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Teaching Children That Hate is Not a Love Language

It’s a question every parent has reflected on at least once: “Am I a bad parent?” Parenting is tough, and sometimes we lose our patience and regret our words or actions. You wonder if you were too tough, if you could have said something better, or if you’re a good role model.

A parent’s job is to teach their child love, compassion, and empathy. After all, you want your child to be polite and respectful to others. However, hate is also something that children can learn from their parents. No child is born hating or disregarding others because of their race, creed, or sex. When a parent sees their child acting hateful toward someone else, they may feel aghast. Many parents may blamed media and television, but parents have more influence than anyone in media will ever have.

Child experts have suggested that there are behaviors parents demonstrate that encourage children to feel superior and hateful toward others. Below are five of the most likely to have the biggest effect on young children and teens.

1. Behavior: Parents are self-centered and self-absorbed. When you show your child that what you think means more than what others think or feel, you are modeling superiority.

What your child sees: When a child watches you gossip or take selfies while sharing a meal, they begin to believe that you are more important than others. To a small child, they believe they are an extension of you so if you’re more important than others, they must be too.

2. Behavior: Parents are inflexible and don’t try to see other perspectives. When you’re willing to fight to be right with your partner or friends, you model self-righteousness and a fixation on winning.

What your child sees: Your child is learning that it doesn’t matter how others feel; it matters more that you win.

3. Behavior: Parents categorize people based on their appearance, faith, or sex. When you ignore or refuse to listen to someone who is different than you, you teach your child that they are exclusive from people who are different from them.

What your child sees: The only people worthy of your time and attention are those who look or act like you.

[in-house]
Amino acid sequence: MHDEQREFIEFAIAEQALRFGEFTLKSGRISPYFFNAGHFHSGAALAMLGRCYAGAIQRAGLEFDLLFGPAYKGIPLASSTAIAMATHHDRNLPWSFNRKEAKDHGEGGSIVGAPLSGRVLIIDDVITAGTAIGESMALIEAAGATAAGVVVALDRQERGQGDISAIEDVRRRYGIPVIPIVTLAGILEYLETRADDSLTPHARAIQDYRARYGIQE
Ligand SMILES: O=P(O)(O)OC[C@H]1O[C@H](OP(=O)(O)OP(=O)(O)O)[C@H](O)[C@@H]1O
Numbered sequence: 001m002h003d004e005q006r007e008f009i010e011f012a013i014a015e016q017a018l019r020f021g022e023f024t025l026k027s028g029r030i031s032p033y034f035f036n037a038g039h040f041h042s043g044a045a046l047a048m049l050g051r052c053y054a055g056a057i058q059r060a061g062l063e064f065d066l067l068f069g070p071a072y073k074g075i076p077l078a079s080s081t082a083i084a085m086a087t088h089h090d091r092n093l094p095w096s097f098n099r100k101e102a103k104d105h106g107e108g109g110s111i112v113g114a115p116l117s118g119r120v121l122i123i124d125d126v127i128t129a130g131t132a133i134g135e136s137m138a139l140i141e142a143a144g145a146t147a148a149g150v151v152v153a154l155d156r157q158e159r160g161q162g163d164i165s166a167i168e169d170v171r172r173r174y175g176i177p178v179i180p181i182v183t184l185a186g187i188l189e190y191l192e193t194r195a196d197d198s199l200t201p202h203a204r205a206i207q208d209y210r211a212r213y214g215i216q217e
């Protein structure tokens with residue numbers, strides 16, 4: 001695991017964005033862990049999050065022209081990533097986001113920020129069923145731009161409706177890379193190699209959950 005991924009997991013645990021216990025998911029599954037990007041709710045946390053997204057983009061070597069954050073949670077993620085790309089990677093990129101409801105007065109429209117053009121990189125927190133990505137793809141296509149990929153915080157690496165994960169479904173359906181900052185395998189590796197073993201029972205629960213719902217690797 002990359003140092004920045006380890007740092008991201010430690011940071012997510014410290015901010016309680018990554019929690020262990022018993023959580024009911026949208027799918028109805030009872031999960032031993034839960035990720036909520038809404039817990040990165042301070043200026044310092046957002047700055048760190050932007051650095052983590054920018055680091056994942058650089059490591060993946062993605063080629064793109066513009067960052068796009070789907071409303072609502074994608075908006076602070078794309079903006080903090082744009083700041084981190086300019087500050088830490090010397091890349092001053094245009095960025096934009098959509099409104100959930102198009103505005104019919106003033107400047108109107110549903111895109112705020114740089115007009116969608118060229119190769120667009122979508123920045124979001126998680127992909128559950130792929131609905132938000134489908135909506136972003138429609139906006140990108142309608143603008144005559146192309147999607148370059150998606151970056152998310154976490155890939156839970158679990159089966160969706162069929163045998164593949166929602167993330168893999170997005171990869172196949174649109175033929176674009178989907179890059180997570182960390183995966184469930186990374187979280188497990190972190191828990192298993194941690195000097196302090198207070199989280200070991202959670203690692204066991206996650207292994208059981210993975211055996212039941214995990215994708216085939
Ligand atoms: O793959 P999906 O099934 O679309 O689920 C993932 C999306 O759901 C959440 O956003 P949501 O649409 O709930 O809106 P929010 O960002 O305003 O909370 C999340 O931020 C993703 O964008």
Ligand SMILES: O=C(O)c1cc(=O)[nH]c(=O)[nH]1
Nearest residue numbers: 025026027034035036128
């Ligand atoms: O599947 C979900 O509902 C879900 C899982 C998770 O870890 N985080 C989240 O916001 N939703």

4. Behavior: Parents use threatening words, body language, and tones with others. When parents lose control of their anger and threaten others, they are modeling that whoever is the strongest wins an argument. They take advantage of a situation with their outrage to exert control over the powerless or weaker person.

What the child sees: When you get mad and scare the other person, you win. If the other person backs down, that’s because they are weaker than you.

5. Behavior: Parents villainize anyone who is on the “wrong side.” When parents fixate on what “side” someone is on without seeing the whole person, they demonstrate polarization, which leads to hate.

What the child sees: The child is blinded to compromise and sees outsiders as enemies. They feel the need to compete to be on the “right” side.

Parents try to do the right thing and teach their children to love and care for others. It’s a complex world, and there are more than two sides to every issue in life. Teaching children begins by listening to children and to yourself. You can preach “love your neighbor” until you are blue in the face, but if you’re actions are riddled with exclusion, false accusations, threats, and humiliation so you can feel good, your children won’t hear your words. They will abide by your hateful actions.


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